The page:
Researchers develop new health test for salmon smolt

The test can provide information that fish farmers will benefit from when transporting smollust salmon from freshwater to sea. The results can help increase the chances of survival for smallpox. Each year, approximately 15 percent of farmed salmon die after being moved from wild freshwater tanks to net pens at sea. Most of these fish die soon after they are transferred – making the test very relevant to the industry.

How do you test for immunity status?

Nofima has developed a diagnostic test that measures the activity of 44 genes that regulate the immune system. A sample is taken from the gills or dorsal fin without damaging the fish.

“A few years ago, we found that the immune system weakens during the unloading process. As a result, we decided to develop a test to measure the immune status of salmon during the heating process,” says Alexey Krasnov, chief scientist at Novima.

To do this, Krasnov and colleagues evaluated multiple genes and selected those that provide the most information about immune status. The scientists collected large amounts of data from various internal experiments at Novima. Krasnov is not aware of any other research body that has a large and well-organized database of gene expression in salmon. The activity of selected genes from different fish culture sites, different groups of fish and different environmental conditions was analyzed. The scientists used this data to develop a database that provides the basis for diagnosing the immune status.

Gene activity reveals the body’s plan

Genes give “commands” for the body’s cells to produce proteins that have a particular function. Genes may increase or decrease activity long before we can see changes in the state of the fish. Scientists measure the activity of carefully selected genes to assess the immune status and health of the salmon.

The scientists determined the normal activity level of each of the 44 genes in healthy fish. If the activity level is too high or too low, this may indicate a poor immune state. This means they can now offer tests for the immune status of smolt salmon.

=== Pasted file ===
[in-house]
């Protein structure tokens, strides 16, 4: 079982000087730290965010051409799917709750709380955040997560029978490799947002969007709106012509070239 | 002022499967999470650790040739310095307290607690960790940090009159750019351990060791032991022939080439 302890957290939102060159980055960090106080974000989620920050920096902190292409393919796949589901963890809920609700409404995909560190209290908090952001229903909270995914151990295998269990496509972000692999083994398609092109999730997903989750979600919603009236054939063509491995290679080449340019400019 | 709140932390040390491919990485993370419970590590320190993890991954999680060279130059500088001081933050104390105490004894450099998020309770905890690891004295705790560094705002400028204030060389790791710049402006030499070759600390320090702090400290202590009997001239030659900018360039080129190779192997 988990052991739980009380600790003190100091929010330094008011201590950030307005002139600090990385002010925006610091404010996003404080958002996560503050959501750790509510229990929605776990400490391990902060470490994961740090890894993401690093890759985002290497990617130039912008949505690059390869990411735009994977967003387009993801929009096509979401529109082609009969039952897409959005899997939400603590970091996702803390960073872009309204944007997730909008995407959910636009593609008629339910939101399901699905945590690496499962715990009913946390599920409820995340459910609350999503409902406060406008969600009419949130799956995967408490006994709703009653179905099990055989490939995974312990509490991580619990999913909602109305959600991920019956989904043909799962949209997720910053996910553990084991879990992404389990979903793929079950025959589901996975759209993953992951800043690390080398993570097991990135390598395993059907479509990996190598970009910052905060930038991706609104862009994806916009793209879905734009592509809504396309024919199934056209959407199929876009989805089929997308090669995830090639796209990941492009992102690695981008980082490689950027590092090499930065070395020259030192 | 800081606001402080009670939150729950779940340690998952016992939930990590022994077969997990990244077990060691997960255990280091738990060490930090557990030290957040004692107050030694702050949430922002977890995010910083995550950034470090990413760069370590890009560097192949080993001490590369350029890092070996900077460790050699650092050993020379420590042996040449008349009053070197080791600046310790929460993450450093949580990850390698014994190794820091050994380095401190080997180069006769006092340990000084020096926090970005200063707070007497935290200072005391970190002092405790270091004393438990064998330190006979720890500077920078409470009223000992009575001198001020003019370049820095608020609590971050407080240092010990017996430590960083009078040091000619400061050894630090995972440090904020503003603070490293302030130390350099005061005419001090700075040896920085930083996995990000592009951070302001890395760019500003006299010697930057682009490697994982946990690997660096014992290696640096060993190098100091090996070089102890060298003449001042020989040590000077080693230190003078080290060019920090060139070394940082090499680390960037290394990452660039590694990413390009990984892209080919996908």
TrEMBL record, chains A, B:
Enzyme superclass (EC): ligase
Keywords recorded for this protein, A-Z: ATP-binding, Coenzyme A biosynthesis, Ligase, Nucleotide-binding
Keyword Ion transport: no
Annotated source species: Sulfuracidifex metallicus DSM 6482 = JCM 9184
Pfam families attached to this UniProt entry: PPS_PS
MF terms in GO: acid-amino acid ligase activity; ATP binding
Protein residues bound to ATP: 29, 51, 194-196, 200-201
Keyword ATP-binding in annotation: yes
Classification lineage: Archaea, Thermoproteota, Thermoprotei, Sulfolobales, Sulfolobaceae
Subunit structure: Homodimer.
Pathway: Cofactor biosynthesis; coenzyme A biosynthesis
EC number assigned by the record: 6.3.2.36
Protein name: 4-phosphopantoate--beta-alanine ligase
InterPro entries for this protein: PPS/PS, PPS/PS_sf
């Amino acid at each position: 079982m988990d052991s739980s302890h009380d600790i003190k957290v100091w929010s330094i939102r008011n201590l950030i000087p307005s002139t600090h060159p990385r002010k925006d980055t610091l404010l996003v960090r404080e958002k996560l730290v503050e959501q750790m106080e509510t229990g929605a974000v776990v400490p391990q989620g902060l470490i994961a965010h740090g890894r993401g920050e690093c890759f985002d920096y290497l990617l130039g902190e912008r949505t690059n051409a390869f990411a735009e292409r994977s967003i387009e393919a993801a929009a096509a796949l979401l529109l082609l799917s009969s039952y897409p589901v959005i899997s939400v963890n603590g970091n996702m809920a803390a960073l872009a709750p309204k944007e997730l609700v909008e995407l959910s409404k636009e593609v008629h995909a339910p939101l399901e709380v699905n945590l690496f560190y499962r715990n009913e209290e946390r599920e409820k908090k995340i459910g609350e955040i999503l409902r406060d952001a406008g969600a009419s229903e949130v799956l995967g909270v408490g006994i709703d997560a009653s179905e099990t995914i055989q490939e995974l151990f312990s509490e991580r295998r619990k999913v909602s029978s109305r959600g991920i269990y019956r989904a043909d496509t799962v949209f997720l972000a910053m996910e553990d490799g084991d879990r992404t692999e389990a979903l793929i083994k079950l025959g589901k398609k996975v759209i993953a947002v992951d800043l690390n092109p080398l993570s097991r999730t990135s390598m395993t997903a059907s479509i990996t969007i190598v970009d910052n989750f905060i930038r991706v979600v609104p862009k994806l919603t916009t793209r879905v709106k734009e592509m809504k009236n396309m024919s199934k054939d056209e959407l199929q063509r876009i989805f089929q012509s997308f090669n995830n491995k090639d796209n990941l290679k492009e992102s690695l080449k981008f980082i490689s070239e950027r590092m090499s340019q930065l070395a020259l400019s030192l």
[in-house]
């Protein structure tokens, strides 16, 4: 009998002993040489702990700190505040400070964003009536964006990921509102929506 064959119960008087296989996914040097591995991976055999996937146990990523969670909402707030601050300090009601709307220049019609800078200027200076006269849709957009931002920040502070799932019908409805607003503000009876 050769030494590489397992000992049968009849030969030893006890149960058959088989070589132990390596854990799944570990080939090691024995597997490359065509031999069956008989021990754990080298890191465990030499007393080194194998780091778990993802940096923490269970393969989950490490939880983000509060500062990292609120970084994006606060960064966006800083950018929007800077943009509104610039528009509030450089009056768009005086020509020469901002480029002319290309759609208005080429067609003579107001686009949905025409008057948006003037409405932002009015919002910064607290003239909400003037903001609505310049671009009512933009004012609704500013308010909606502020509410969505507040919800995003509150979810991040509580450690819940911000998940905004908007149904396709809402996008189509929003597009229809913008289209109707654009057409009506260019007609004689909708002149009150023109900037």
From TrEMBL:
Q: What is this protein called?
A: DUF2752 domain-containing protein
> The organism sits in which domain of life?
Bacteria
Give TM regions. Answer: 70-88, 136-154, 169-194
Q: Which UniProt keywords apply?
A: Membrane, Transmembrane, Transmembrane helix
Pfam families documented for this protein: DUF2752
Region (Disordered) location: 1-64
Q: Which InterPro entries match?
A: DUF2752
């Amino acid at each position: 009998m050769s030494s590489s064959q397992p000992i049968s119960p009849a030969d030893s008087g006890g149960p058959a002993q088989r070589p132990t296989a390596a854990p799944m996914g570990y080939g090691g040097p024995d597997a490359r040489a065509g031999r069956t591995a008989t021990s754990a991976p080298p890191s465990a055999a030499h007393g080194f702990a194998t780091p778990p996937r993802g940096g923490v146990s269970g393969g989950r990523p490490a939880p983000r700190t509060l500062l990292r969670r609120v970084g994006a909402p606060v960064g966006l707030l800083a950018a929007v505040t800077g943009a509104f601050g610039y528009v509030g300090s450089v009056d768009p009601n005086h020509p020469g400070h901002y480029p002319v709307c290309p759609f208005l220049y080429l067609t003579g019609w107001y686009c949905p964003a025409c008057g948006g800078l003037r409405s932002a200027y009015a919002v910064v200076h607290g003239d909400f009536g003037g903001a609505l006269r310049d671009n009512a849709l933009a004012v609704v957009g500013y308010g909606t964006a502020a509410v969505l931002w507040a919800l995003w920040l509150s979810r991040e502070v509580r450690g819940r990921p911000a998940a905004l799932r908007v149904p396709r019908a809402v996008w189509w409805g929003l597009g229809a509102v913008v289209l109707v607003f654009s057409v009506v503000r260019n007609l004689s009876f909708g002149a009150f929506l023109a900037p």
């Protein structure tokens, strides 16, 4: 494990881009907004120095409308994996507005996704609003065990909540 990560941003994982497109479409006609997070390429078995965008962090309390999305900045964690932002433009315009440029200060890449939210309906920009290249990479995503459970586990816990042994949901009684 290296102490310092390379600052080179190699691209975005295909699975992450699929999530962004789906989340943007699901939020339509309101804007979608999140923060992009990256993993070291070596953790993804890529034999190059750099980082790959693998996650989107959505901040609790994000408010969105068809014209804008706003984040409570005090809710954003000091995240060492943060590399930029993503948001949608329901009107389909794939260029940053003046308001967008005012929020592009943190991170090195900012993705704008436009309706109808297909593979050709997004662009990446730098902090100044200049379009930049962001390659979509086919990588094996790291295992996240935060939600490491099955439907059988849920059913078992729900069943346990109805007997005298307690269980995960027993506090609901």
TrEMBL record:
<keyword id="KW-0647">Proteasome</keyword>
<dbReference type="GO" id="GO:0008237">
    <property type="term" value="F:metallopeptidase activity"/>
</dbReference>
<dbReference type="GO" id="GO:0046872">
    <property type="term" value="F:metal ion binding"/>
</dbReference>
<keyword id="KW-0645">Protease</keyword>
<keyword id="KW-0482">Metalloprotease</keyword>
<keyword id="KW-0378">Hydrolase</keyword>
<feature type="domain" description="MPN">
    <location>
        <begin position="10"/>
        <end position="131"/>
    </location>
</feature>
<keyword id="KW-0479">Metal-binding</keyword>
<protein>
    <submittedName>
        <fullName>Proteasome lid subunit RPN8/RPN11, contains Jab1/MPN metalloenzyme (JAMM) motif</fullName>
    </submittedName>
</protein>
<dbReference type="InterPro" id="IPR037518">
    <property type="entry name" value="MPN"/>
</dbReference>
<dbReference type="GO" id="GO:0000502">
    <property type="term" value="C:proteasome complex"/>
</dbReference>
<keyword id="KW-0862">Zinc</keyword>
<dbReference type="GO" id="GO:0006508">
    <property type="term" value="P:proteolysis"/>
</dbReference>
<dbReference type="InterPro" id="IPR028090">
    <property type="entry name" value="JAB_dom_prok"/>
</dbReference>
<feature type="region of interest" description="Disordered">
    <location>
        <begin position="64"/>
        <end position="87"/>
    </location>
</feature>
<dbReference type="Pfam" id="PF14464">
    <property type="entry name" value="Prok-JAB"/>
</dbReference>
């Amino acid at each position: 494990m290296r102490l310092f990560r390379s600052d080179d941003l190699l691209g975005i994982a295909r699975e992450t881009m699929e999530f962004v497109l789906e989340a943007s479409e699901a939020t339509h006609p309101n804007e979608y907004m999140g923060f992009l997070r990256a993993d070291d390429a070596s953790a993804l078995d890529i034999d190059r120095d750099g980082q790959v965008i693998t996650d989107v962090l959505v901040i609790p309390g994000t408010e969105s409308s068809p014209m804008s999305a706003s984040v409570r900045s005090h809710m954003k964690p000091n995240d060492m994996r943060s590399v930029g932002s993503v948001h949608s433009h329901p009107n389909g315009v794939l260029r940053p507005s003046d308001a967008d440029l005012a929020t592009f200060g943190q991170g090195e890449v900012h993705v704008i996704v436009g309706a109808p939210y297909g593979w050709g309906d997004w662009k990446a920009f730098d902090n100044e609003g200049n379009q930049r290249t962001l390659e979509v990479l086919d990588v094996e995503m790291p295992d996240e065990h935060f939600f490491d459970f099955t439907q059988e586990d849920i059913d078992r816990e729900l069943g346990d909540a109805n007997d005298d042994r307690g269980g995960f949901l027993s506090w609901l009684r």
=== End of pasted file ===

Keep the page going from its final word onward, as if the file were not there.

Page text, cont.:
“We are able to see which fish are in good condition and which are not. In addition, we know which fish look healthy, but are actually not,” says Krasnov.

Industry Representative, Dr. Gordon Ritchie, Director of the Fish Health and Welfare Group at Mowi ASA, co-author of Latest article.

“Successful development of this new technology provides companies with a new tool in the smolt quality assessment box, to check immune efficacy and smolt potency prior to transfer to sea. This immune status diagnostic tool can also be used in future research projects on smolt performance and survival,” Ritchie comments .

Use the new test in other projects

Krasnov also sees the benefits of using the test in other research projects.

“We used the test at the CtrlAQUA Research Center to test whether different methods of producing large smelt in closed recycling facilities affected the immune status before transport to sea occurred. The test showed that the immune status was the same for the different production methods. We also use the test in projects where Nutritionists are investigating whether feed ingredients affect fish health,” says Krasnov.

He is happy to contribute more information to interested parties on how the industry can benefit from this new tool.

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